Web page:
Blue Diamond almond milk faced a scandal involving allegations that the product did not contain as many almonds as its packaging and marketing suggested. The lawsuit contended that the packaging's images of almonds and the phrase "made from real almonds" were misleading, leading customers to believe they were purchasing a predominantly almond-based product. The lawsuit argued that the deceptive packaging deceived consumers, who believed they were buying healthy, premium almond milk.

The lawsuit compared Blue Diamond almond milk's almond content to recipes for homemade almond milk, which typically call for a ratio of one part almonds to three or four parts water, resulting in approximately 25-33% almond content. The false advertising lawsuit alleged that Blue Diamond's product contained a meager 2% almonds, with the majority being water, oil, and other filler ingredients. While the lawsuit did not specify the exact percentage deemed acceptable, it highlighted the alleged disparity between customer expectations and the actual almond content. In response, Blue Diamond defended its product. They pointed out that similar ratios are observed in other milk alternatives like soy and almond milk. The company indicated that the issue wasn't unique to their brand and acknowledged that water is a prevalent ingredient in most popular beverages. In the end, Blue Diamond remaining free and clear. The general consensus was that customers could easily expect and understand the need for the existing almond-to-liquid ratio.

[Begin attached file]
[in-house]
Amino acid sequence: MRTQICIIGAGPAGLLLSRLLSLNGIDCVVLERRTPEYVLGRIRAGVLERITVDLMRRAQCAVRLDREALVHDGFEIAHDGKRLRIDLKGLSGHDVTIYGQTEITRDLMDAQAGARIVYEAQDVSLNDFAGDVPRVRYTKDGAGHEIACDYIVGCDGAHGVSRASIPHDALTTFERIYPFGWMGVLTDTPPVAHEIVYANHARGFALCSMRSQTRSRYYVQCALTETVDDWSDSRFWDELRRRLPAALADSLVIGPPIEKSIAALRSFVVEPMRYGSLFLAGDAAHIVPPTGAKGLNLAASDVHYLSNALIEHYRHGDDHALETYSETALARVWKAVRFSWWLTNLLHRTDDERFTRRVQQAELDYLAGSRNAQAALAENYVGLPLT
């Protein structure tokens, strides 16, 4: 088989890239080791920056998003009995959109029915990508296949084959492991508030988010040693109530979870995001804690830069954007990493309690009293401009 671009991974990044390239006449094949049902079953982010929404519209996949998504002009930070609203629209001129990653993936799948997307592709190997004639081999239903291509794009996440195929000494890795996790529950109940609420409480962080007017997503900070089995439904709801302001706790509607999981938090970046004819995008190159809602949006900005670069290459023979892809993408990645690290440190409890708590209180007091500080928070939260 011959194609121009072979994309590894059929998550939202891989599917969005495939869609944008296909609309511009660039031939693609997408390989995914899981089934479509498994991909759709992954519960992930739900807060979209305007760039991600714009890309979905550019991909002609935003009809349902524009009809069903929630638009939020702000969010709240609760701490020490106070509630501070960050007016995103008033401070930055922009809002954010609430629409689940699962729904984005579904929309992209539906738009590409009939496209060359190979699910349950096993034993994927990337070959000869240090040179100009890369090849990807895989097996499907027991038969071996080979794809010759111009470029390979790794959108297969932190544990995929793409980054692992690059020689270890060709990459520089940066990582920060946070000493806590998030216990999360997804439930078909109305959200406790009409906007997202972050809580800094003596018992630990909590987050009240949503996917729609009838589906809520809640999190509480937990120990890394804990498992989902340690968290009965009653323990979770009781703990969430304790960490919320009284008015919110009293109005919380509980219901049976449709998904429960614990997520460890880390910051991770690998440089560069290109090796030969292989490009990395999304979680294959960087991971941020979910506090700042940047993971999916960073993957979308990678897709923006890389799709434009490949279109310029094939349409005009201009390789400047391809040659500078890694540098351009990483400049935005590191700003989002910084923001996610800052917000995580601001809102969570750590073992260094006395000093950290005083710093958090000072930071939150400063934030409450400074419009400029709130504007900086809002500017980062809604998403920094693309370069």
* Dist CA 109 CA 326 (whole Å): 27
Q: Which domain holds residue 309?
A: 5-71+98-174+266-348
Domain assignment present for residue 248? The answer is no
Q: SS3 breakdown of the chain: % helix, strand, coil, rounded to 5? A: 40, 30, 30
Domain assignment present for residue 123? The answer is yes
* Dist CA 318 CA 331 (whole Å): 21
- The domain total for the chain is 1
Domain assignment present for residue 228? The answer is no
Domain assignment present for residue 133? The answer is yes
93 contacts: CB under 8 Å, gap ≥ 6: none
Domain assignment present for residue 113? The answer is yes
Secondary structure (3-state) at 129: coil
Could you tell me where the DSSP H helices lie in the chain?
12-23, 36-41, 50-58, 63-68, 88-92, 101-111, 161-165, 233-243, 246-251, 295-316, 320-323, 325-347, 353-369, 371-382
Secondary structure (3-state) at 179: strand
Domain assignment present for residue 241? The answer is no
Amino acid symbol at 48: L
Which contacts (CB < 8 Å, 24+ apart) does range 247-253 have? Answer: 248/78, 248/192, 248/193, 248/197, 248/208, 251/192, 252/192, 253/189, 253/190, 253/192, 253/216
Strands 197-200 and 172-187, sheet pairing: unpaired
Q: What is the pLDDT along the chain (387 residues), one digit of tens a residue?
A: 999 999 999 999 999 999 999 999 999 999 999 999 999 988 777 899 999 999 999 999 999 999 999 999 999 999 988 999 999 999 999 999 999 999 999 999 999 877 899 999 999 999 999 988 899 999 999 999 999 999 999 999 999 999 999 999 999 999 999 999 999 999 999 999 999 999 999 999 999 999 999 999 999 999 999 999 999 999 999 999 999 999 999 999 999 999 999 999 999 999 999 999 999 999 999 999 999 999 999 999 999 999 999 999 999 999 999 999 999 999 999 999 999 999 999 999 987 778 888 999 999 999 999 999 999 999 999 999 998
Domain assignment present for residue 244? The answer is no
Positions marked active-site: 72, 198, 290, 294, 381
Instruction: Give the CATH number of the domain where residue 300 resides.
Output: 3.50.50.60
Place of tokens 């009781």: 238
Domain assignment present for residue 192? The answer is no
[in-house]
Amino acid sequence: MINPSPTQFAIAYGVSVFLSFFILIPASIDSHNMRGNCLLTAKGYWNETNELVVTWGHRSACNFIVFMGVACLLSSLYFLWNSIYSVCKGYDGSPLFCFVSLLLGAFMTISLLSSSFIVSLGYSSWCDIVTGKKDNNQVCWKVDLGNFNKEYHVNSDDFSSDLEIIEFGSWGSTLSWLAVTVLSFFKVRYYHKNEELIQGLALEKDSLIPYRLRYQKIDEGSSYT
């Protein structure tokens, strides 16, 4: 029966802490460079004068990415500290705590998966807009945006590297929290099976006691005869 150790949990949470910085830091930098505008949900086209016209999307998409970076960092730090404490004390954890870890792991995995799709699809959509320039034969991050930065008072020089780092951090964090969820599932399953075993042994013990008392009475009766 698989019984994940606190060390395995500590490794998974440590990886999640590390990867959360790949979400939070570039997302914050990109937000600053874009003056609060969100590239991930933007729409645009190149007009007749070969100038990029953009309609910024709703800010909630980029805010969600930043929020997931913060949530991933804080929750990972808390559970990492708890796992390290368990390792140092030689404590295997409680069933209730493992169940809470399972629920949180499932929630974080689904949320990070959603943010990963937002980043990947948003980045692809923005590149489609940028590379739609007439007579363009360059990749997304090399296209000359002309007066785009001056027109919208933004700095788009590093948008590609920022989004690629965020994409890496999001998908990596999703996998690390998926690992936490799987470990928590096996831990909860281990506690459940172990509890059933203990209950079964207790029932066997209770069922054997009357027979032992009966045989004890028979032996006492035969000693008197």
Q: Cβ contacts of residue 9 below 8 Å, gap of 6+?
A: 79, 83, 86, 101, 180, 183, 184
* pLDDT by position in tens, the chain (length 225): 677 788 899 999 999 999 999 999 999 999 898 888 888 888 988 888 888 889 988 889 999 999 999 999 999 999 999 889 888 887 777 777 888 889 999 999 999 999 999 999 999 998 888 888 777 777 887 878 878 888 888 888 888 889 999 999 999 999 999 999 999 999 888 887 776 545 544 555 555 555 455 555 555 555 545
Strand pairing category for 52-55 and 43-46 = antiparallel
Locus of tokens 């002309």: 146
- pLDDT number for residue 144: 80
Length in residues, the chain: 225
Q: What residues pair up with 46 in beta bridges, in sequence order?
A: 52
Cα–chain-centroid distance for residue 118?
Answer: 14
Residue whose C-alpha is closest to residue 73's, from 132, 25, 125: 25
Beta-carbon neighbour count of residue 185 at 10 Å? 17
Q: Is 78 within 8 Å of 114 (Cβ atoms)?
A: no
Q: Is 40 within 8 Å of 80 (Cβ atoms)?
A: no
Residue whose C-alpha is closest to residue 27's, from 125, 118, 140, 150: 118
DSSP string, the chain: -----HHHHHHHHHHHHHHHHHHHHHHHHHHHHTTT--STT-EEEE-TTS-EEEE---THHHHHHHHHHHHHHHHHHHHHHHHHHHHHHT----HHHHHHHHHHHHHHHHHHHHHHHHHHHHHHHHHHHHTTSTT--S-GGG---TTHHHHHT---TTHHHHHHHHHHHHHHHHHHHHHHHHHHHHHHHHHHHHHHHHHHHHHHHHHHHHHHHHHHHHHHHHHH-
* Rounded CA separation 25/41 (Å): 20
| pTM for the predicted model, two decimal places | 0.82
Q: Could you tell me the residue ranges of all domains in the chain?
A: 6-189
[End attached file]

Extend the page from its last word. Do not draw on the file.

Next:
A good mystery novel often starts with something going missing, as was the case with the theft of over 42,000 pounds of pistachios in central California. Law enforcement officials worked to unravel the mystery behind the disappearance of the pistachio nuts, an incident that gripped the region in 2021. The Tulare County sheriff's office announced that they had located the stolen pistachios in a tractor-trailer within a local parking lot. The alleged culprit, identified as 34-year-old Alberto Montemayor, had reportedly intended to resell the purloined nuts. This incident isn't the first time that the thriving nut industry in the area has been targeted. The pistachios were originally cultivated by the Touchstone Pistachio Company, which discovered the staggering loss during an audit. Agriculture detectives (which are apparently a thing) from Tulare County collaborated with investigators from neighboring counties to trace down the stolen nuts, ultimately finding them in the possession of Montemayor, who is employed as a trucker.